Pete's Walks - Alternative Ashridge Walk (part 2)

Picture omitted

Looking back down the path from Aldbury to Tom's Hill

In the centre of Aldbury, opposite the pond, I turned right. After a short distance I took a path on the left to the village allotments, leaving them by a path in the far right corner. I then turned left along a small residential road. Where this turned sharply left, I continued on a path that went half-right, climbing steadily through trees again to reach a road by a hairpin bend. I followed a lane going off from the bend, towards Tom's Hill, where there are a few houses and, most surprisingly, a small industrial unit. I turned left before the first house (thus leaving the Chiltern Way and re-joining the Hertfordshire Way).

Picture omitted

Tom's Hill, where the Chiltern Way and Hertfordshire Way cross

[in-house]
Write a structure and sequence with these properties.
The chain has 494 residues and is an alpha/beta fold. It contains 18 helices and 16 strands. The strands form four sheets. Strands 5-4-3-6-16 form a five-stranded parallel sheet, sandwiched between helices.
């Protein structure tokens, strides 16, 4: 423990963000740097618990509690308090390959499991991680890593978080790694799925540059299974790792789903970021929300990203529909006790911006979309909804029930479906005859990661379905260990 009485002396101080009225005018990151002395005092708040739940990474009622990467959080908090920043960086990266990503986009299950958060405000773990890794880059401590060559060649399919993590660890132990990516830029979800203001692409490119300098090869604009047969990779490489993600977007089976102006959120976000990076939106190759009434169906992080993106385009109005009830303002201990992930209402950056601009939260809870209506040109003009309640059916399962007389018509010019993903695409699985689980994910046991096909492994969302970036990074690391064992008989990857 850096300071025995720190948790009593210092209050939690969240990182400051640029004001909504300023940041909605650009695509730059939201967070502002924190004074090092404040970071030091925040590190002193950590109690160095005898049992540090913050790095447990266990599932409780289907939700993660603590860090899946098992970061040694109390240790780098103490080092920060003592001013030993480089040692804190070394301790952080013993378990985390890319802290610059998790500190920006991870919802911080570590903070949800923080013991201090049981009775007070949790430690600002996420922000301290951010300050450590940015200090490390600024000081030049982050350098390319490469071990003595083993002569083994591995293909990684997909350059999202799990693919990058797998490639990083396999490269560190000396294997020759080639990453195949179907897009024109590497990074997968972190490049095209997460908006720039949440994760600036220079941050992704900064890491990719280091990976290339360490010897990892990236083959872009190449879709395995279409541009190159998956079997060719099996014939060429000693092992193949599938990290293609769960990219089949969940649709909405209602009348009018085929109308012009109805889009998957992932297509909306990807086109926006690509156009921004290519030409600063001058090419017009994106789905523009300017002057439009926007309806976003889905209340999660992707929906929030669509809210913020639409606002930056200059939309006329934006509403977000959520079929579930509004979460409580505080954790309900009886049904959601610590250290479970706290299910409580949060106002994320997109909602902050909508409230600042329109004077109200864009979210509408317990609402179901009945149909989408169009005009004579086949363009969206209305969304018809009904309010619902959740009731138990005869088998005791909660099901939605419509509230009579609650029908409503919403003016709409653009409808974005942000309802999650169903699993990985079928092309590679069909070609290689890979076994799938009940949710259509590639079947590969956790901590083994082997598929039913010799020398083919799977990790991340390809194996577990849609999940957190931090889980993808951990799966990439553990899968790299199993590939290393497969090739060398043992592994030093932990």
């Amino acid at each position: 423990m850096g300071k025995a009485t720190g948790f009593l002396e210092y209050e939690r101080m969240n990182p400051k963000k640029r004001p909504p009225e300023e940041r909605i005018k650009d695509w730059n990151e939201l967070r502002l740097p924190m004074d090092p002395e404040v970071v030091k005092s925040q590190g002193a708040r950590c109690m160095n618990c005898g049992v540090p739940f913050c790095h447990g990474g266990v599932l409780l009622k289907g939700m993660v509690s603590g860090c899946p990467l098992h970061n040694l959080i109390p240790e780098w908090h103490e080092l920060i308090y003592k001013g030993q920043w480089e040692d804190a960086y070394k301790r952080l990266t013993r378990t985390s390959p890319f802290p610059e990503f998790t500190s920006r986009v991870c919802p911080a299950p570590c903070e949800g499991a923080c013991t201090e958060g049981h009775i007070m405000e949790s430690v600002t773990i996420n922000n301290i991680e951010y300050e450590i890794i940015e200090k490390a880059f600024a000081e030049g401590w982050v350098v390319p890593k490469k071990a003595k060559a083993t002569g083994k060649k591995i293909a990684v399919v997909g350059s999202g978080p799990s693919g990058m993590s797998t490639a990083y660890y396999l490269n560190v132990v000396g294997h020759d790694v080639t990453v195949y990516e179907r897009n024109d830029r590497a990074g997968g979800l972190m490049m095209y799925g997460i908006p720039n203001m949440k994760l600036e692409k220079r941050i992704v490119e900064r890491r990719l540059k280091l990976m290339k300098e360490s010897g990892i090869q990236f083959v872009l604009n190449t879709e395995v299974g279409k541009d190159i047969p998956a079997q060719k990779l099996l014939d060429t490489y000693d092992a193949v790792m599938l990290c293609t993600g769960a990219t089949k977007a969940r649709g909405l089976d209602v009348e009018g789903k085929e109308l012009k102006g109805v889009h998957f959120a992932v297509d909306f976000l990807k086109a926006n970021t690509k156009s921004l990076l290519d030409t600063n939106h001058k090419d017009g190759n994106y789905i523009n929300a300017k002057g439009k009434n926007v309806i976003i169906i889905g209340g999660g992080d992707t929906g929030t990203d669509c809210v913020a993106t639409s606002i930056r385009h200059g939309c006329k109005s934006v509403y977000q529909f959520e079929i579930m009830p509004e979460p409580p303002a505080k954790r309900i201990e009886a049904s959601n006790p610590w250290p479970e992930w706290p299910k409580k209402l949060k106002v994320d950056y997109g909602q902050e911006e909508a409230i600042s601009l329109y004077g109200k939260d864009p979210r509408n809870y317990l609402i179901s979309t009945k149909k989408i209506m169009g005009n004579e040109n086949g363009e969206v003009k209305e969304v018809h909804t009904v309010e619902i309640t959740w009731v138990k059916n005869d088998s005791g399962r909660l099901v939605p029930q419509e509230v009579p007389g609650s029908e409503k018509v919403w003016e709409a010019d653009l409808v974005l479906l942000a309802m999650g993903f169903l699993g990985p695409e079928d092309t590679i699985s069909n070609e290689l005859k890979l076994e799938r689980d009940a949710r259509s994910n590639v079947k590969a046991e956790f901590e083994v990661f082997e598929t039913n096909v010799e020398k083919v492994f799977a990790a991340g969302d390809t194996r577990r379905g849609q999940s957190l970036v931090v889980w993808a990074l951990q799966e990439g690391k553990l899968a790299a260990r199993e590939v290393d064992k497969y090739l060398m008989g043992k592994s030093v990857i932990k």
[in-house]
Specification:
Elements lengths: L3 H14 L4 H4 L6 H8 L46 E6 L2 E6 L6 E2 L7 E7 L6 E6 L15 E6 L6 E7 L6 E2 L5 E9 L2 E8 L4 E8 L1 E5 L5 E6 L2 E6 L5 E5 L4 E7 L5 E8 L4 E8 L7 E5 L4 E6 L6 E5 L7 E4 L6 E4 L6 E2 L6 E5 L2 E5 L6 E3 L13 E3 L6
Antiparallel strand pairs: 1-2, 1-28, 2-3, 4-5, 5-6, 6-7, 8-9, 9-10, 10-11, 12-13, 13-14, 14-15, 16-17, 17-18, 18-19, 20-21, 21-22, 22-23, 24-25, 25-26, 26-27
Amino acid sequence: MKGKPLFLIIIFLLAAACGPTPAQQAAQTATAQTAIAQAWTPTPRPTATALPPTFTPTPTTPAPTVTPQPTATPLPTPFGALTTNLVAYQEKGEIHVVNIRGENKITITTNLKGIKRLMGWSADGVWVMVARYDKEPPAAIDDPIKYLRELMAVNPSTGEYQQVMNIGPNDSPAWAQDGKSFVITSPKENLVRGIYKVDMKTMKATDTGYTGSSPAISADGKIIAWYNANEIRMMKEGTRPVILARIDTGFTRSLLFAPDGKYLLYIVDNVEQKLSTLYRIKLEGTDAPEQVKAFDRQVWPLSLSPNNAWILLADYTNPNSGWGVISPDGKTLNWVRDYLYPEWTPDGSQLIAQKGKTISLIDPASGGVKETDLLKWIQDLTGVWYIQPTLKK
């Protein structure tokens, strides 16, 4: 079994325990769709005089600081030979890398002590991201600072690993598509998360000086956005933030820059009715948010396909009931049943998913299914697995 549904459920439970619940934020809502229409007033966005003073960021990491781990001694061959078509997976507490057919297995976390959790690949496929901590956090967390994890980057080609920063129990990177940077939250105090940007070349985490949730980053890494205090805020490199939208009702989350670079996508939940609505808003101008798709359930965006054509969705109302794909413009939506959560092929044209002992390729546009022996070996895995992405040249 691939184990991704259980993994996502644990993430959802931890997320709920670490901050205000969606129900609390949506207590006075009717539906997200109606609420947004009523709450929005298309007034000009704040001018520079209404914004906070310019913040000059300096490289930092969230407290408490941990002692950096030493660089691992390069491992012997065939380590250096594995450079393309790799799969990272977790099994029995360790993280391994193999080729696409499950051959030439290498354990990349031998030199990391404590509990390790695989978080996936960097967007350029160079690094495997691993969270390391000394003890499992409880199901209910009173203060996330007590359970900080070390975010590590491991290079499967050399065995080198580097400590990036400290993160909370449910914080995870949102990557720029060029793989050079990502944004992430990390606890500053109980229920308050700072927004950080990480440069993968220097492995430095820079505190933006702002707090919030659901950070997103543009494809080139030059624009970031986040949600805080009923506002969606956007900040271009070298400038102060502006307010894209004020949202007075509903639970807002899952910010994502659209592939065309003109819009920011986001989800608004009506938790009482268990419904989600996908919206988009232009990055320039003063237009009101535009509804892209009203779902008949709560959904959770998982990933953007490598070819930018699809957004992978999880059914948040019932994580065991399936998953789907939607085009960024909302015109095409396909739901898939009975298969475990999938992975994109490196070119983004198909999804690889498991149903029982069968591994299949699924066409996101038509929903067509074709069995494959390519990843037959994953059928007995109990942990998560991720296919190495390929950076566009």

There was now another very pleasant section of walking through mainly beech woods - there were numerous paths here, but I kept right at every junction, in order to keep as close as possible to a fence on my right, with paddocks and fields beyond. I thus followed the fence for about half a mile, passing some impressive specimens of beech tree on the way.

Picture omitted

The woodland path near Tom's Hill

Picture omitted

Ancient pollarded beech tree

The path finally led me to some buildings at Norcott Hill. I turned left along the track past the buildings, which soon became a tarmac lane. Where it turned right past the last house, I went straight on back into the woods on another path. This soon came to a clear area of grass and brackens, but then went straight back into the woods again. The path now stayed very close to another fence, with fields to my right once more. As with many parts of this walk, this section is a good area for seeing deer, and I have twice managed to get very close views of a large Fallow buck here.